If they give you all of the information, and it looks solid, you have one last thing to ask.  Ask them if they are prepared to take the job at the salary offered, or at their new figure, if you come back with it.  Make sure they understand that the "thinking" for the position needs to occur before you go to the manager.  If you get what they ask for, or even if they don't, you're going to ask for an on-the-spot answer when you return, with a solid start date. 

Discuss with them how and when they plan to resign their current job, and give them a deadline on that as well.  You can't afford any more stalling, and if you're forced to go back to the manager a second time, you might as well cut it short there. 

If you follow these steps, you may still lose the candidate, but only if they planned to turn it down or leave anyway.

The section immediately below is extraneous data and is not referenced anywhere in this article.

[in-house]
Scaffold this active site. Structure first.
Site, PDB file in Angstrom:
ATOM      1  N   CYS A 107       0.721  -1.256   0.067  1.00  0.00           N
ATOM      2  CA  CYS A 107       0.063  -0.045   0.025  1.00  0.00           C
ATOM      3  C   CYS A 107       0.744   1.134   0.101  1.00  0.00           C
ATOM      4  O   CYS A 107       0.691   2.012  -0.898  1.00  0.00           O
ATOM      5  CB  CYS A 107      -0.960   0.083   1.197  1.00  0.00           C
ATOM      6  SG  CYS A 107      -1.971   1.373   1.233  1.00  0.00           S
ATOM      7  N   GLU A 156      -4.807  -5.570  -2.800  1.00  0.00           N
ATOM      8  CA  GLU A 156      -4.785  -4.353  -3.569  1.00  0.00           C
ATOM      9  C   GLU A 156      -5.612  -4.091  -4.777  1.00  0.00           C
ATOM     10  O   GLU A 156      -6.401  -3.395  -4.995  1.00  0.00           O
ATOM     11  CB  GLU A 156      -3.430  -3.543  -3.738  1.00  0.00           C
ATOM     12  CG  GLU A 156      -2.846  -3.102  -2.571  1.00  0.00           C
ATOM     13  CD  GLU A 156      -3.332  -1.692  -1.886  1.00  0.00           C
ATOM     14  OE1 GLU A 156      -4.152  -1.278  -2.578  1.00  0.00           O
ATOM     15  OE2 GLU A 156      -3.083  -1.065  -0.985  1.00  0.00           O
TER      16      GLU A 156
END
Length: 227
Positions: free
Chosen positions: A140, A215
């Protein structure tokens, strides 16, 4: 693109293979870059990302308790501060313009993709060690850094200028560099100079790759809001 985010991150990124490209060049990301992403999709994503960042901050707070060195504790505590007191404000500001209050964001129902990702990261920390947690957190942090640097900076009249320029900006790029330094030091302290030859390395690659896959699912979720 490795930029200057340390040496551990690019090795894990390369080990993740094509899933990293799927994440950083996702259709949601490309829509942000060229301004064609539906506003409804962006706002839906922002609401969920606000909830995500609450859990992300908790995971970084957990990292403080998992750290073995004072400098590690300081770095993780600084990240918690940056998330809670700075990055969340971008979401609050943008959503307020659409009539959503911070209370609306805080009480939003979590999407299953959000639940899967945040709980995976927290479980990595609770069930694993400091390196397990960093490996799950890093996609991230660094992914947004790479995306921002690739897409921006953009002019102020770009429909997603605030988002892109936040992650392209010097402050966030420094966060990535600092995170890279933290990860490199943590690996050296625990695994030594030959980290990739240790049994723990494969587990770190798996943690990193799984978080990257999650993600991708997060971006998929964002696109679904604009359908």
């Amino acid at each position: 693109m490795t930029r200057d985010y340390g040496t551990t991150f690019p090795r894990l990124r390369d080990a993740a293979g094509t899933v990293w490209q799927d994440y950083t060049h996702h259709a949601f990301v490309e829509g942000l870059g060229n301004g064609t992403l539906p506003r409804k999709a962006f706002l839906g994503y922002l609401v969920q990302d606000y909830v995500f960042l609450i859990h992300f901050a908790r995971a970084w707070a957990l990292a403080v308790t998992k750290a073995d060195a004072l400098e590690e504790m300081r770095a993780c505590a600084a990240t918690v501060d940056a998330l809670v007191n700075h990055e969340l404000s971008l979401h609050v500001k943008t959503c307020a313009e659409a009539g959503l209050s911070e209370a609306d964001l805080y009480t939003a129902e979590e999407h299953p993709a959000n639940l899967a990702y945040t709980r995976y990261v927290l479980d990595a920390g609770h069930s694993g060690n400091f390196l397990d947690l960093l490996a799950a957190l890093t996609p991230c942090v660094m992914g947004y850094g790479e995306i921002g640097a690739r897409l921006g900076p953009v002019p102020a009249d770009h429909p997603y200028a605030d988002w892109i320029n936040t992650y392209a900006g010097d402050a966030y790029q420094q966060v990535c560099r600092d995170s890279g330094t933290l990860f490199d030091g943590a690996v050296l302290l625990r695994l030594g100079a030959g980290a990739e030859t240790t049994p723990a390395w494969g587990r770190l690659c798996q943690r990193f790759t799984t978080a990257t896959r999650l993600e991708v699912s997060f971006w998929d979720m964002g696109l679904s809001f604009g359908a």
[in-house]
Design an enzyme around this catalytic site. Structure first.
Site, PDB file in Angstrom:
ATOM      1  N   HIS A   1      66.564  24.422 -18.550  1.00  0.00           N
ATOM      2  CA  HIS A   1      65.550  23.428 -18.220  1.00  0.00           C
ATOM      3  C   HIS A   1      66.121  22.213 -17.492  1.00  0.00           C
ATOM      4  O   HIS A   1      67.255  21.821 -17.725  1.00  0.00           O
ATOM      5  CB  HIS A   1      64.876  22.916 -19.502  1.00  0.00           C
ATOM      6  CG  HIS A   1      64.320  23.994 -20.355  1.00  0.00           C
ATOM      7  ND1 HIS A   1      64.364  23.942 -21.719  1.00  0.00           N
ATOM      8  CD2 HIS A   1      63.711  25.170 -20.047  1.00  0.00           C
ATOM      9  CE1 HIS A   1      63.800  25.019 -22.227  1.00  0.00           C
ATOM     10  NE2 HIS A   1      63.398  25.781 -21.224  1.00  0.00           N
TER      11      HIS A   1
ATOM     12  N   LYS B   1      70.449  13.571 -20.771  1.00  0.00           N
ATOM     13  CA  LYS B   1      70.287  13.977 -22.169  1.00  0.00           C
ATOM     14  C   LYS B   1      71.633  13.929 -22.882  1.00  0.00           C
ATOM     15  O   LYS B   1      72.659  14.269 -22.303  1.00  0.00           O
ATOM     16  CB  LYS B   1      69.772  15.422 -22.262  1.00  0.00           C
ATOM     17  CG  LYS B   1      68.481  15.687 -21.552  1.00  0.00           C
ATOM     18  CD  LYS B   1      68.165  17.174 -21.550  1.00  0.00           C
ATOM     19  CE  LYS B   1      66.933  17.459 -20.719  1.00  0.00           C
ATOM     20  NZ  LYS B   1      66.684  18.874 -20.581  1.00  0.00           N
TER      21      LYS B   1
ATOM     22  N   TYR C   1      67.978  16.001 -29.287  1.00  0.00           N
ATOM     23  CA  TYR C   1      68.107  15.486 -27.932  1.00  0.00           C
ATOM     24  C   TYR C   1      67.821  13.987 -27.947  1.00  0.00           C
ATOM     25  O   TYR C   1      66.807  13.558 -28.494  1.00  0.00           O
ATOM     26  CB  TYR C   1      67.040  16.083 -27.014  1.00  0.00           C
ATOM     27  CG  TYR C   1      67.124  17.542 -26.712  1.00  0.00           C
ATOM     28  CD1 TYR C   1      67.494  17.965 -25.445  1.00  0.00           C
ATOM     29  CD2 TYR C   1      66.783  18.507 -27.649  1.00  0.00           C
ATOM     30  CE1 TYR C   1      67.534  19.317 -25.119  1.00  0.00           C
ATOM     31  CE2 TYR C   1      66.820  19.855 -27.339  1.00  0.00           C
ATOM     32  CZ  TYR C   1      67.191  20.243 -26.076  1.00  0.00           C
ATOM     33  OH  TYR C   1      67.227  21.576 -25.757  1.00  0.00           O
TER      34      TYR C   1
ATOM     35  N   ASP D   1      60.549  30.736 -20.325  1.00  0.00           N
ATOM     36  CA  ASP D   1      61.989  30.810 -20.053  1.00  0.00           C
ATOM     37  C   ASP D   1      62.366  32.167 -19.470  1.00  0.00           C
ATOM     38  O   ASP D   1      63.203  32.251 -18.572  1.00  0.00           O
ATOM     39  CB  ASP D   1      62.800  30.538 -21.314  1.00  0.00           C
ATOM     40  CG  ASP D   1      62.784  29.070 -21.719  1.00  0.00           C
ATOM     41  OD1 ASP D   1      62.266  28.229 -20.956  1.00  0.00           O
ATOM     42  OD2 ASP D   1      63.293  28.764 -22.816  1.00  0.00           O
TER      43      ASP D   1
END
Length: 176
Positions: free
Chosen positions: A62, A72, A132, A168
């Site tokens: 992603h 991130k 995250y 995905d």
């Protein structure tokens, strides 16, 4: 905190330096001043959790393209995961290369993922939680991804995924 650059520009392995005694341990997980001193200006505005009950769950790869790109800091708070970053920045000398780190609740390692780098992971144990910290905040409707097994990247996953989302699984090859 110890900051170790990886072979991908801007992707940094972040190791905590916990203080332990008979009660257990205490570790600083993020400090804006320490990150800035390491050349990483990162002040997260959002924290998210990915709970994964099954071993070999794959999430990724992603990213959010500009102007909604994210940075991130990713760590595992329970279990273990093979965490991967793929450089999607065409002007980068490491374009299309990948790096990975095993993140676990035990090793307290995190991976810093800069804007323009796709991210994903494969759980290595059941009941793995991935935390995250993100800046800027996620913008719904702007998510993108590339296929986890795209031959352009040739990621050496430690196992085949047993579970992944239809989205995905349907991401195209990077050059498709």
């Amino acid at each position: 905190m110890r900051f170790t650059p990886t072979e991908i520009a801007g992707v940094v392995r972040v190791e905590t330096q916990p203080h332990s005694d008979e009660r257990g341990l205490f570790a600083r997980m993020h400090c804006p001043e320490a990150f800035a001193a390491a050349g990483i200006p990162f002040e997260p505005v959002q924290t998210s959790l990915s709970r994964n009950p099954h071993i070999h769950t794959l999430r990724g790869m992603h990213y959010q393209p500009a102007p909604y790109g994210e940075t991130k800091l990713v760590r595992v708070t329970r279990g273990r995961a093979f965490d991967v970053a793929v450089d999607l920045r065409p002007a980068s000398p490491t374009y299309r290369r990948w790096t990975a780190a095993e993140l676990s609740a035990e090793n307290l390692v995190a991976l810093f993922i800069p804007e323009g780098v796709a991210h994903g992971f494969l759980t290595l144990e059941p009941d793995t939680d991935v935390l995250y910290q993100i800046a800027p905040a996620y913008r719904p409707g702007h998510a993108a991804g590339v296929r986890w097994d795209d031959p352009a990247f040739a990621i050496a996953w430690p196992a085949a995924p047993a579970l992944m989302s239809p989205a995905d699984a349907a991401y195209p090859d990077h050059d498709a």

The problem being, of course, it makes it look like the candidate didn't understand the position during the interview process, which will lead to a reevaluation of the offer. 

Plead paperwork. Ask how long they are willing to wait to renegotiate the position. This will tell you quite a bit. If they are happy to wait, they aren't serious. If they want it down quickly, it's probably the first scenario where they're just trying to get more out of it. 

The negotiation process should give you the information you need to make a decision. Once you get that information, lock the candidate in with specifics. How much they want. What they'd accept. If they'll turn it down if they don't get it. Do Not, under any circumstances, let them get away with sending you back to the manager just to ask. Force them to a decision, get them to agree, making it clear that you are the decision maker, and that you're not an errand girl.

St Louis Needs To Understand Its History

In the 1930's, St Louis was one of the biggest cities in the country.  I think we were number 6.